Australia Day: An Apology

Artist Ian Hansen’s “Botany Bay – 26 January 1788” of two French ships of Laperouse entering Botany Bay at the same time as Britain’s First Fleet leaves for Sydney Cove.

Today (26 January) is Australia’s National Day.  As apologies seem to be all the go now, particularly today I want to issue my own.

For my international readers some background.   Australia Day does not celebrate when Australia became a nation.  That was on 1 January 1901 when 6 British colonies—New South Wales, Victoria, Queensland, South Australia, Western Australia and Tasmania—united to form the Commonwealth of Australia.

Neither does is celebrate when Australia (the east coast) was “discovered” in 1770 by Captain James Cook on the Endeavour.  What it celebrates is that on 26 January 1788, 11 convict ships from Great Britain landed at what is now Port Jackson in New South Wales, where Governor Arthur Phillip raised the British flag to signal the beginning of the British colony.

For years now I have been taking overseas visitors on a tour of Mosman.  One of my stops is on Middle Head where you can look east and see the entrance of Sydney Harbour between North and South Heads.  I have been telling visitor for years how I am amazed that Captain Cook, one of greatest explorers in history, sailed past the entrance and completely missed it.  He nowhere in his journals describes the entrance.

It now turns out according to Margaret Cameron-Ash, in her new book, In Beating France to Botany Bay: The Race to Found Australia that I was misleading my visitors.  Hence my apology.

The story, according to Cameron-Ash, is far more fascinating.

Her hypothesis is that Cook in 1770, was unimpressed with the shallow inlet of Botany Bay.  With a couple of trusted men, he followed an ancient track north along the coastal ridge. From its highest point, Cook saw below him Port Jackson (Sydney Harbour). Here was a naval paradise: a natural deep-water harbour and defensible port with ample room to manoeuvre.  As a naval officer and marine surveyor, Cook knew this strategic gem had to be concealed until Britain could garrison the place. He reported it to the Admiralty as soon as he arrived back in London. Indeed, evidence of Cook’s verbal report is held in the Home Office archives. Meanwhile, however, the vast extent of the harbour was omitted from Cook’s published journal and charts.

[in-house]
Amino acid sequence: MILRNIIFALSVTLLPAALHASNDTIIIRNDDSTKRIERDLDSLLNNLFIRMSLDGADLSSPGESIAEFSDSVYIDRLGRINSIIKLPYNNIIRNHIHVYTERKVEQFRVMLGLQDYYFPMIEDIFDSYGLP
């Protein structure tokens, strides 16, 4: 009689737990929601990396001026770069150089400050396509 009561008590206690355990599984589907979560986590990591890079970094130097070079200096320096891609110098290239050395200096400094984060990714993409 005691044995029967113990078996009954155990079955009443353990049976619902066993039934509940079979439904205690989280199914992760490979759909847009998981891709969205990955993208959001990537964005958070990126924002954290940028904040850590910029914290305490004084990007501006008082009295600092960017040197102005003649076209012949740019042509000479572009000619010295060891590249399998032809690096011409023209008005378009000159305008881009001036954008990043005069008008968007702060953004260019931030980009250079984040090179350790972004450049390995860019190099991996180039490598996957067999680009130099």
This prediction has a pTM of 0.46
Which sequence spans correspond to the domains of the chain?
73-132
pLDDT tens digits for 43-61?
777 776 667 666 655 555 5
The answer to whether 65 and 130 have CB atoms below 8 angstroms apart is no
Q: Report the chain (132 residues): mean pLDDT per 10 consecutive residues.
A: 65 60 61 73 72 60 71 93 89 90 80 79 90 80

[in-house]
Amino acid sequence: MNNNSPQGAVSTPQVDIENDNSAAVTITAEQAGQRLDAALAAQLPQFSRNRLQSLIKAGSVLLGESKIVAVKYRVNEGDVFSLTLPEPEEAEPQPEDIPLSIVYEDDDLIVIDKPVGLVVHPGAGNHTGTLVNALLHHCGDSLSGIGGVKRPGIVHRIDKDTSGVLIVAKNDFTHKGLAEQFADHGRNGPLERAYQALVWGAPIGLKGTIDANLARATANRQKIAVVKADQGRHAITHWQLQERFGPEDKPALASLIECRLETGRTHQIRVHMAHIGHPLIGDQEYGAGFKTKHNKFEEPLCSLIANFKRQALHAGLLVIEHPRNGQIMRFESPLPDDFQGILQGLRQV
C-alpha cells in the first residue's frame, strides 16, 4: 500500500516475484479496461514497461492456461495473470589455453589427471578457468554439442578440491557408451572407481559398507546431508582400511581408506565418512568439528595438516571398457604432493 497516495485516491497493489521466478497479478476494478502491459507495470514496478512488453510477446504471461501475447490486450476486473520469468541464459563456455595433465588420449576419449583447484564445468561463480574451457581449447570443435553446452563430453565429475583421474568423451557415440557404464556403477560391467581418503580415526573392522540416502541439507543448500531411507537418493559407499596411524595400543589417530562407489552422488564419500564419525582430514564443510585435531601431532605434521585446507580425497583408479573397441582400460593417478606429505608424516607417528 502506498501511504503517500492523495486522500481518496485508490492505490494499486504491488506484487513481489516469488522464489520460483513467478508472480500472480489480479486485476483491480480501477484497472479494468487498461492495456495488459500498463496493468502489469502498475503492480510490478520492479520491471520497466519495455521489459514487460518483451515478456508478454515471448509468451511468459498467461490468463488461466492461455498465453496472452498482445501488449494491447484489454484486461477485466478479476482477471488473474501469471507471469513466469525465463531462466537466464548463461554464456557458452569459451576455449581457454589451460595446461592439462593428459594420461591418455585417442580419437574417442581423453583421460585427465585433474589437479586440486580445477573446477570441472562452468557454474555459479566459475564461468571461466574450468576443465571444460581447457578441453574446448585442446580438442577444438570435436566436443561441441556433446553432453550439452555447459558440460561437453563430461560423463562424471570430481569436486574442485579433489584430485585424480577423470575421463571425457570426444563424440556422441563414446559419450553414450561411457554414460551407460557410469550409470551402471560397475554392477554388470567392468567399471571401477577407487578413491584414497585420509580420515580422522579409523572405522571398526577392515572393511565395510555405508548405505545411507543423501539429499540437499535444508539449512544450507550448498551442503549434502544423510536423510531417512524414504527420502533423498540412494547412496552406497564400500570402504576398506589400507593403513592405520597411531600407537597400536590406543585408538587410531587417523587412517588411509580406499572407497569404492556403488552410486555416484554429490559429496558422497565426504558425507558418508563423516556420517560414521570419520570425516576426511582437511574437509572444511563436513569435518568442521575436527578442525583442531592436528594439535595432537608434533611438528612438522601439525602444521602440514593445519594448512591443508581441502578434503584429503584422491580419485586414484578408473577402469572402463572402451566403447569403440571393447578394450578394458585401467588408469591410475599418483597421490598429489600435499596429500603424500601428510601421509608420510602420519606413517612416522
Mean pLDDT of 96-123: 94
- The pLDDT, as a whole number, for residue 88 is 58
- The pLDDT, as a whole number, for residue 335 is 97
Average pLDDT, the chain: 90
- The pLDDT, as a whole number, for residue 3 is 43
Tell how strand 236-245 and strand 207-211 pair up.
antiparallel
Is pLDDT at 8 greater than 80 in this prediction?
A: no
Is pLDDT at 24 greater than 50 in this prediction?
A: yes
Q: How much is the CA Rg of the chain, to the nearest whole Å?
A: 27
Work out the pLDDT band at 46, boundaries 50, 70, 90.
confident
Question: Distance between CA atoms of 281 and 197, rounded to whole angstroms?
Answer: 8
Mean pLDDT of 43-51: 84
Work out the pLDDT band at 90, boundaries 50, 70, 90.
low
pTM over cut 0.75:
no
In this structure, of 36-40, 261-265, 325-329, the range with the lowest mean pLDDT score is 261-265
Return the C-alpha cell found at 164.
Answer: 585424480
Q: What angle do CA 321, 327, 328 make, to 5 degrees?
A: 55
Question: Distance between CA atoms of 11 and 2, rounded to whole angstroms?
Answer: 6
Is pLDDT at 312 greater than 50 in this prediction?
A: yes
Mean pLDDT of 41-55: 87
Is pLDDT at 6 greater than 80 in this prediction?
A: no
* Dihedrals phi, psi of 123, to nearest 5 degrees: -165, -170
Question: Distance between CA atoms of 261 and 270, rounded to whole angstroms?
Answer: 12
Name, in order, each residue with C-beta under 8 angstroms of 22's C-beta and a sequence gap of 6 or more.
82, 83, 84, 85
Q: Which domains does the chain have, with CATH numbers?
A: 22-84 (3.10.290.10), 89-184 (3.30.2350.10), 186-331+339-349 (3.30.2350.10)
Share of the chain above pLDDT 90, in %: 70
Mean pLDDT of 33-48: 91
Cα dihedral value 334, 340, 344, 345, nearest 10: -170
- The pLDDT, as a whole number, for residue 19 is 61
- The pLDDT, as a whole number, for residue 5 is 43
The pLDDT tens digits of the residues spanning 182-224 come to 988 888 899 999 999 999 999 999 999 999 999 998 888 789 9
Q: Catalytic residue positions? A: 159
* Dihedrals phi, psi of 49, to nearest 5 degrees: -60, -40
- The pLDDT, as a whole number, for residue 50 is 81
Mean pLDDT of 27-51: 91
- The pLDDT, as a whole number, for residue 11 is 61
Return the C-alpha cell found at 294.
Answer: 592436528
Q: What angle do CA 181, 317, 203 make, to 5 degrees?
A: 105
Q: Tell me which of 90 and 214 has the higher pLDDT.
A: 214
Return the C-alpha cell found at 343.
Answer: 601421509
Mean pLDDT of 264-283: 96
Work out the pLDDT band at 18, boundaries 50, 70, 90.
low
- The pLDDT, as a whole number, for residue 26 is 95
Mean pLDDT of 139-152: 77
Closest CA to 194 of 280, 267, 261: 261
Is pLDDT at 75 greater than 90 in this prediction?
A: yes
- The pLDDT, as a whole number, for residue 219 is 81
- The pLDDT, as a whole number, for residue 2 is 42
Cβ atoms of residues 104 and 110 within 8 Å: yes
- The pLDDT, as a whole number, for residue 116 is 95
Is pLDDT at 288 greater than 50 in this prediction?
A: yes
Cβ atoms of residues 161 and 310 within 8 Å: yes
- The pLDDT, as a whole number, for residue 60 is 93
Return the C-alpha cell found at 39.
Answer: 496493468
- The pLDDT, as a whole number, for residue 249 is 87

The British Government sat on this information for 16 years (sounds familiar) but then according to Cameron-Ash, it received bombshell intelligence that Louis XVI after learning that Britain was planning so send an occupation force to New Holland (Australia), decided to send a French expedition under the command of Jean-Francois de Galaup Laperouse to the Pacific to claim New Holland.  This nugget of intelligence, Cameron-Ash argues, compelled the government of William Pitt the Younger to fire Britain’s starting pistol on August 18, 1786, launching Arthur Phillip and the First Fleet on a voyage to eastern Australia.

When Arthur Phillip was given command of the First Fleet, he was told that Port Jackson was his true destination, but he would not sail there directly. Its entrance had never been sounded and Phillip could not risk taking 1500 souls onto a hidden sandbar. Instead, the fleet would rendezvous in Botany Bay (where the poor convicts remained locked in the holds) while a quick survey was made of Port Jackson.

After all 11 ships were moored in Botany Bay, Phillip took three small boats round to Port Jackson to sound and survey it. They spent that first night at Camp Cove and the second at Sydney Cove. Here, at the narrowest point of the harbour, they found a reliable stream of water. The site was ideal for the new settlement. They set off back down the harbour, eager to collect the fleet and bring it round to ­Sydney Cove.  When they arrived back in Botany Bay they saw the two French ships.

Somehow Phillip managed to get the 11 ships around to Sydney Cove while at the same time stalling a meeting with La Perouse.  Finally, after 3 weeks in Sydney Cove establishing a colony, La Perouse was invited around to Sydney Cove.  He then realised what had happened.  He had missed claiming one of the world’s greatest harbours for France.

I have to say this is a much more fascinating story.  Much of it is conjecture with a lack of documentary evidence.  But it does have the ring of truth.  Geoffrey Blainey has challenged the once conventional view that Australia was settled simply to serve as a dumping ground for British convicts. In his classic book The Tyranny of Distance, Blainey observed that the settling of eastern Australia was a “startingly costly” and impractically slow solution to the problem of crowded British prisons. The decision to establish the New South Wales colony simply did not stack up unless wider strategic motives were considered, Blainey argued.

So I am a convert to Cameron-Ash and again apologise to the visitors I have misled.  And Janet Tilsley this blog is for you. J

This blog was first posted on LinkedIn 26 Jan. 22




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